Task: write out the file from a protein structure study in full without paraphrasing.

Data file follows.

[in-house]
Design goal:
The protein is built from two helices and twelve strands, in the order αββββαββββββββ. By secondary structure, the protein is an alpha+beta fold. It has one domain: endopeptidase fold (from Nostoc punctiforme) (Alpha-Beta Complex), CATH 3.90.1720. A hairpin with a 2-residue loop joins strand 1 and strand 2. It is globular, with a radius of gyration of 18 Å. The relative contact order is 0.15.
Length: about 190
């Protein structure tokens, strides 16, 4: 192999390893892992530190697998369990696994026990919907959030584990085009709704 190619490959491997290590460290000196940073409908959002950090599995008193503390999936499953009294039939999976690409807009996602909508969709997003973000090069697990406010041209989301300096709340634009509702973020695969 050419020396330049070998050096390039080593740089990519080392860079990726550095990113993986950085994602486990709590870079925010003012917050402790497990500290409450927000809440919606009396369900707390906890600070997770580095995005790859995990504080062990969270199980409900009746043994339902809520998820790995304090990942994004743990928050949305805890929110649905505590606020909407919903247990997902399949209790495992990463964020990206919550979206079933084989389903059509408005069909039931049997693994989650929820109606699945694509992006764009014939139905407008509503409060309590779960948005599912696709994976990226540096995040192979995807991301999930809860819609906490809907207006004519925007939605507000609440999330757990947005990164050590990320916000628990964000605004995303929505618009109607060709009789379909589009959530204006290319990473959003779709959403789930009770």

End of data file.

[in-house]
Design goal:
The protein is built from two helices and twelve strands, in the order αββββαββββββββ. By secondary structure, the protein is an alpha+beta fold. It has one domain: endopeptidase fold (from Nostoc punctiforme) (Alpha-Beta Complex), CATH 3.90.1720. A hairpin with a 2-residue loop joins strand 1 and strand 2. It is globular, with a radius of gyration of 18 Å. The relative contact order is 0.15.
Length: about 190
């Protein structure tokens, strides 16, 4: 192999390893892992530190697998369990696994026990919907959030584990085009709704 190619490959491997290590460290000196940073409908959002950090599995008193503390999936499953009294039939999976690409807009996602909508969709997003973000090069697990406010041209989301300096709340634009509702973020695969 050419020396330049070998050096390039080593740089990519080392860079990726550095990113993986950085994602486990709590870079925010003012917050402790497990500290409450927000809440919606009396369900707390906890600070997770580095995005790859995990504080062990969270199980409900009746043994339902809520998820790995304090990942994004743990928050949305805890929110649905505590606020909407919903247990997902399949209790495992990463964020990206919550979206079933084989389903059509408005069909039931049997693994989650929820109606699945694509992006764009014939139905407008509503409060309590779960948005599912696709994976990226540096995040192979995807991301999930809860819609906490809907207006004519925007939605507000609440999330757990947005990164050590990320916000628990964000605004995303929505618009109607060709009789379909589009959530204006290319990473959003779709959403789930009770």